The Portuguese papers have been obsessed this week with the story of Cristiano Ronaldo purchasing the £230,000 model of the Aston Martin which appears in the James Bond movie ‘No Time to Die’.
None of them ventured to suggest that the player, much like Daniel Craig — the actor who drove the DBS Superleggera — might be about to step away from his ultimate stage.
It is a real possibility, though. The 10 days ahead could be the 37-year-old’s last in international football, given the challenge Portugal face in the World Cup play-offs.
Cristiano Ronaldo is now seen as being a ‘political problem’ for both club and country
Ronaldo, whose career for the Selecao has spanned four World Cups, leads the nation into a play-off semi-final against Turkey in Porto’s Estadio do Dragao on Thursday and, if they win, probably face the mother of all knockouts against Italy, five days later.
Affection for Ronaldo is as profound as ever in his home nation, where ensuring he is granted a World Cup swansong in Qatar seems more of a concern than the 2016 European champions actually getting there.
But while it is blasphemy to say it too publicly, the question of whether Portugal are actually better without him has been circulating for more than a year and is certainly not receding.
There are suggestions that Portugal could actually be a better team without Ronaldo
‘It’s almost like a political problem, something that will require a summit to achieve an agreement on the strategy to prepare Ronaldo’s retirement from the national team,’ said Sergio Pires of Mais Futebol, hedging his bets.
‘I find it controversial to state that a team performs better without its best player, particularly when you don’t have a big track record of games played in these circumstances.’
Yes, the sample size is small. But Portugal have not lost a game without Ronaldo in the team since September 2014.
And they hammered Croatia 4-1 without him in a Nations League game in September 2020, which many Portuguese journalists considered the best performance in the eight years coach Fernando Santos has been at the helm.
The star performers that day — Bruno Fernandes, Bernardo Silva, Diogo Jota and Joao Felix — bore out the view of many that this is the best collection of individuals ever assembled in one Portugal squad.
‘They are brilliant individuals, not to mention our defenders like Pepe, Joao Cancelo and Ruben Dias,’ says another source, who has watched the team from close quarters.
Despite his quality and experience, Ronaldo has also experienced some frustration at United
‘But it is different when Cristiano plays. Cristiano is an important player but the players all want to play for him and all are conscious they have to pass the ball in for him.
‘We have a saying here that, ‘the team is Ronaldo plus 10′. The team is more relaxed without him. The team is better without him.’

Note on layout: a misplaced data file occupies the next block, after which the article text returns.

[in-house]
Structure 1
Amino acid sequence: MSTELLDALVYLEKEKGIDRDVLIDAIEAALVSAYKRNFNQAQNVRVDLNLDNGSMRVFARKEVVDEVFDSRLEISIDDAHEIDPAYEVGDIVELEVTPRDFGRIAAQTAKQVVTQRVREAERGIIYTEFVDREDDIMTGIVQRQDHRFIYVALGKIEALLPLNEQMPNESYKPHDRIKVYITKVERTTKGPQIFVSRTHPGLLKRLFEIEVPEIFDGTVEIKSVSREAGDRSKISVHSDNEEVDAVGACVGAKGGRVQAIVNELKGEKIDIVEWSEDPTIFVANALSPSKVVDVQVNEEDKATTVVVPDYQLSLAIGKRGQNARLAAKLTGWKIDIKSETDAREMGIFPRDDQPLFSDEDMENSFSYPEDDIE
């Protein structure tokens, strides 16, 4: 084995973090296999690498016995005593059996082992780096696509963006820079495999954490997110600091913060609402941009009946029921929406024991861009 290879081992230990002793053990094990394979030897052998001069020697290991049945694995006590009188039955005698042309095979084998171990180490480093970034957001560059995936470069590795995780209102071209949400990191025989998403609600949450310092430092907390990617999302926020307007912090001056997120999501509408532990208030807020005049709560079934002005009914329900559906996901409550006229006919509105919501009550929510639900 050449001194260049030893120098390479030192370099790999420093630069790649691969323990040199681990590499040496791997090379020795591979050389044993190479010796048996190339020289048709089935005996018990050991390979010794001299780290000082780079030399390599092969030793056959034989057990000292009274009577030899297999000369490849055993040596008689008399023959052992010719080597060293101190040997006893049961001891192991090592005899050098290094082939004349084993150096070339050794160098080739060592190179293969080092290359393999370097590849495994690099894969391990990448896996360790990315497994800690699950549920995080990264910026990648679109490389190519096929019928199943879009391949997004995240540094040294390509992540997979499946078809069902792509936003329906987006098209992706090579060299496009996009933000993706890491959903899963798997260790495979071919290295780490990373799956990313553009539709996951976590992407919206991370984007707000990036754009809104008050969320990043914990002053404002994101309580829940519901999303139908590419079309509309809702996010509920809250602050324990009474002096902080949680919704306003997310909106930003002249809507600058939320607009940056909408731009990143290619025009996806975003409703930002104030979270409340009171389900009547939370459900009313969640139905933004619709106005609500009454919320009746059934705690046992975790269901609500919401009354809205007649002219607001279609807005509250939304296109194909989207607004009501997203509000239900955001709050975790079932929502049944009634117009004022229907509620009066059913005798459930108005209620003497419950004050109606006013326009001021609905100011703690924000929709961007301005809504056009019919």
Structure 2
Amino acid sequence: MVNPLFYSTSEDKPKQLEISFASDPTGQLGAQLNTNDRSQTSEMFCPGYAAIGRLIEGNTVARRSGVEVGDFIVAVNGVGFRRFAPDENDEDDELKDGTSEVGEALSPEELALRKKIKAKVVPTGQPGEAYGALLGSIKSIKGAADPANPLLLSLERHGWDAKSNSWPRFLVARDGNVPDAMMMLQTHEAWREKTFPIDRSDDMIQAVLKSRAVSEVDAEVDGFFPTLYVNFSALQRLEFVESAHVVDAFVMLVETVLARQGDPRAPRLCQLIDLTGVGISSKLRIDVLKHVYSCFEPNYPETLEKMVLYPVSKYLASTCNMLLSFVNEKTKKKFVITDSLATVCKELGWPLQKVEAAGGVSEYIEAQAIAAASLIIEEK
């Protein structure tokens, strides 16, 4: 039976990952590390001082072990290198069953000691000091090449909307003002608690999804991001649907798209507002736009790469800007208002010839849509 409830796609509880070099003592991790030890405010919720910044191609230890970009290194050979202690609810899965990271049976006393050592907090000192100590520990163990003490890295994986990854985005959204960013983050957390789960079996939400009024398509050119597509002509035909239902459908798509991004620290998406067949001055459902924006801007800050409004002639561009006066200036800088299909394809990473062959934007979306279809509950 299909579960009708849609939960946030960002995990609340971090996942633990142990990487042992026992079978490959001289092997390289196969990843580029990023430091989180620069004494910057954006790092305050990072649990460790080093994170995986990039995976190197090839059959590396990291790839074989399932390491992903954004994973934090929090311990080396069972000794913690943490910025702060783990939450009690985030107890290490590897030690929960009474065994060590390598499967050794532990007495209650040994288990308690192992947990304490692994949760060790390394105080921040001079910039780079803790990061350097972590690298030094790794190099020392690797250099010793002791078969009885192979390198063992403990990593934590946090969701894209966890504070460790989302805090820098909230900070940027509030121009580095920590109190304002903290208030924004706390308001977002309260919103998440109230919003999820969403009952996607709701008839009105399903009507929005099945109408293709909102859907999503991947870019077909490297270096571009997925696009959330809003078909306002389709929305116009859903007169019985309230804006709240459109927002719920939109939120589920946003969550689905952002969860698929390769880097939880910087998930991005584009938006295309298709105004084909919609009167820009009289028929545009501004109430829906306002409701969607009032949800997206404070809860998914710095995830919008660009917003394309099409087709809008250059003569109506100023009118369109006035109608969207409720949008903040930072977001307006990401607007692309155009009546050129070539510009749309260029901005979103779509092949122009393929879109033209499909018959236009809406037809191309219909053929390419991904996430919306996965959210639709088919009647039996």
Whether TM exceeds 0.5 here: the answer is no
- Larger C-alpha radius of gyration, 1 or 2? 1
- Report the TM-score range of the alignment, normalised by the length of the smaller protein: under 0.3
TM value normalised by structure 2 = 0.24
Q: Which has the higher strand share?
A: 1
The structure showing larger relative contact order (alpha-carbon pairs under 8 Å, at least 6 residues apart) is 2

It is similar to the conflicted picture witnessed this season at Manchester United, where Ronaldo is a far more popular leader than captain Harry Maguire, yet some of the younger players find it hard to live with his on-field standards.
But Santos has been reluctant to let go of him and other old hands. Joao Moutinho still starts at 35, when many feel Porto’s Otavio is a better player than the Wolves midfielder. Atletico Madrid’s Joao Felix does not always start. Bruno Fernandes has sometimes operated on the left, by no means his natural domain.
It is against this backdrop that many question why Ronaldo is still so fundamental for Santos. The 67-year-old is not going to change his plan now, though.
‘I don’t think any team in the world can perform better when its best player is not around,’ he has said of Ronaldo.
This coach has always been viewed as a pragmatist and however predictable Portugal might be with Ronaldo leading the line, his calculation is simple. He increases the chances of a goal when Portugal are in the final third.
Portugal coach Fernando Santos still views Ronaldo as a fundamental part of his team
Turkey are likely to be brushed aside this week. Their dreadful European campaign last summer suggested they are nothing to fear. But the Italians are a different proposition.
‘I spoke with him and we joked about the possible Portugal v Italy match,’ said defender Leonardo Bonucci. ‘Cristiano knows he will suffer some blows.’
Ronaldo’s hat-trick against Spurs last Saturday has been in the Portuguese press. ‘History-maker,’ said Correio da Manha. That performance, just when he was being written off, reinforces Santos’ belief that his talisman will deliver the X-factor.
Santos said: ‘We need to win. Nothing else matters. We must be in the World Cup for our people.’